Amanda Butler of Crescat has quit the Peace Corps and is leaving
For the young American wishing to make a difference in the world, there are two options: be an intellectual and discuss, write, argue, and blog towards progress, always carefully considering both sides of an issue; or decide that something particular must be done, and go do it. Is one better than the other? According to Reihan Salam, talk can be just as good as action:
A number of anti-war commentators have blasted “chicken hawks,” i.e., writers and intellectuals who advocate a hawkish military posture, and preventive wars that incur casualties, without having ever served in the military, or, by extension, without actively encouraging their own loved ones to volunteer. I disagree. In a democratic society, we’re all entitled to engage in the conversation. Some of these writers and intellectuals were not suited to military life for whatever reason. It’s foolish to assume that the contributions they’ve made are any less valuable.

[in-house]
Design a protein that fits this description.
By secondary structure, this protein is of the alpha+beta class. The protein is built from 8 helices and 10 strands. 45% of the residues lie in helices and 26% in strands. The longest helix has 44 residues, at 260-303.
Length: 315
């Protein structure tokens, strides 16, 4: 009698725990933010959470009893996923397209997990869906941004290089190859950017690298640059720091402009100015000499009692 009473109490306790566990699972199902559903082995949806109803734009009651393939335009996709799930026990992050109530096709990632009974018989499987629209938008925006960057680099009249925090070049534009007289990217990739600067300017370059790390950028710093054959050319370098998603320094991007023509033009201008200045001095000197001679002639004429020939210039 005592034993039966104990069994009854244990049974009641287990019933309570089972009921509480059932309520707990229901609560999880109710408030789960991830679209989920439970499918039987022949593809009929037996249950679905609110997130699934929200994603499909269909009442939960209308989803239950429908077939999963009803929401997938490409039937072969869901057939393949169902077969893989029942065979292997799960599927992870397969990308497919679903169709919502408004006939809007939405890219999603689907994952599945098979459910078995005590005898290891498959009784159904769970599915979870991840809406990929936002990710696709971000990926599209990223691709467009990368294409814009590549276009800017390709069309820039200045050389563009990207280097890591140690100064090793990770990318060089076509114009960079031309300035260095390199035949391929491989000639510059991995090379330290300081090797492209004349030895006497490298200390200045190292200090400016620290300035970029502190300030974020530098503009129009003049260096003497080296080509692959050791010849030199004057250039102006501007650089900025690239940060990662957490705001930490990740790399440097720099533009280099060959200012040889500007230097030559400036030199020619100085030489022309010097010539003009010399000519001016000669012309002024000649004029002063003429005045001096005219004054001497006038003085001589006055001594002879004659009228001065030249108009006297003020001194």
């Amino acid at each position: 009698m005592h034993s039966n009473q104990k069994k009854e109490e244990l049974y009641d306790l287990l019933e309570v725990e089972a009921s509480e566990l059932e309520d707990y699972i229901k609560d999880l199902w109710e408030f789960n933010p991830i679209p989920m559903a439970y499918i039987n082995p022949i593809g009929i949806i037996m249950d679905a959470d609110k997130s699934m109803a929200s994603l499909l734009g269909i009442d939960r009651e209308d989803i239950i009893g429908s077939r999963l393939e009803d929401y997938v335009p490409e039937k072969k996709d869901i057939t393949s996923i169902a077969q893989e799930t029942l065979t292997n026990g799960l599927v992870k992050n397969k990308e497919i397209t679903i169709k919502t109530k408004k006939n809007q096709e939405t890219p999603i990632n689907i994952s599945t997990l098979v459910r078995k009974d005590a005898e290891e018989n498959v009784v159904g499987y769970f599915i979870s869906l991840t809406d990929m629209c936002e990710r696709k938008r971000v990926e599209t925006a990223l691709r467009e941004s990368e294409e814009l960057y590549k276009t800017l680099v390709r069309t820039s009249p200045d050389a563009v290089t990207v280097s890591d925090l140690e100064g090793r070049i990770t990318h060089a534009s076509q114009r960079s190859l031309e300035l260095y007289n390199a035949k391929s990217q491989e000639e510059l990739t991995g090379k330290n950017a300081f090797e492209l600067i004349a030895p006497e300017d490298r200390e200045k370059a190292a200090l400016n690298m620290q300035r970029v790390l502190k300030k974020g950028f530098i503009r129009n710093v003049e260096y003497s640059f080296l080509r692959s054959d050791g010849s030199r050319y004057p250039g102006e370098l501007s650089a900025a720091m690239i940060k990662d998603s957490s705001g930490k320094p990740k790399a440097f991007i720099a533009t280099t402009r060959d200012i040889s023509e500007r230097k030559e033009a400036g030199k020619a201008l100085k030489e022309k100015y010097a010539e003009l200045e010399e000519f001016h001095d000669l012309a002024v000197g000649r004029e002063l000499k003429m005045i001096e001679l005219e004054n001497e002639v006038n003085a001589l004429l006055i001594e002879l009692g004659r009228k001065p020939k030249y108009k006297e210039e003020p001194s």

I see his point--some are better suited to thinking than to doing, thinking is a type of doing, and doing is no good if there's no thought behind what's being done. (And of course, some idealist goals are better thought about than acted on.) But still, many people could potentially serve society well both by thinking and by doing, I'm certain that many, like Butler, feel torn between arguing issues in cosmopolitan or at least safe environments and going out into the unknown or unpleasant and acting on their convictions.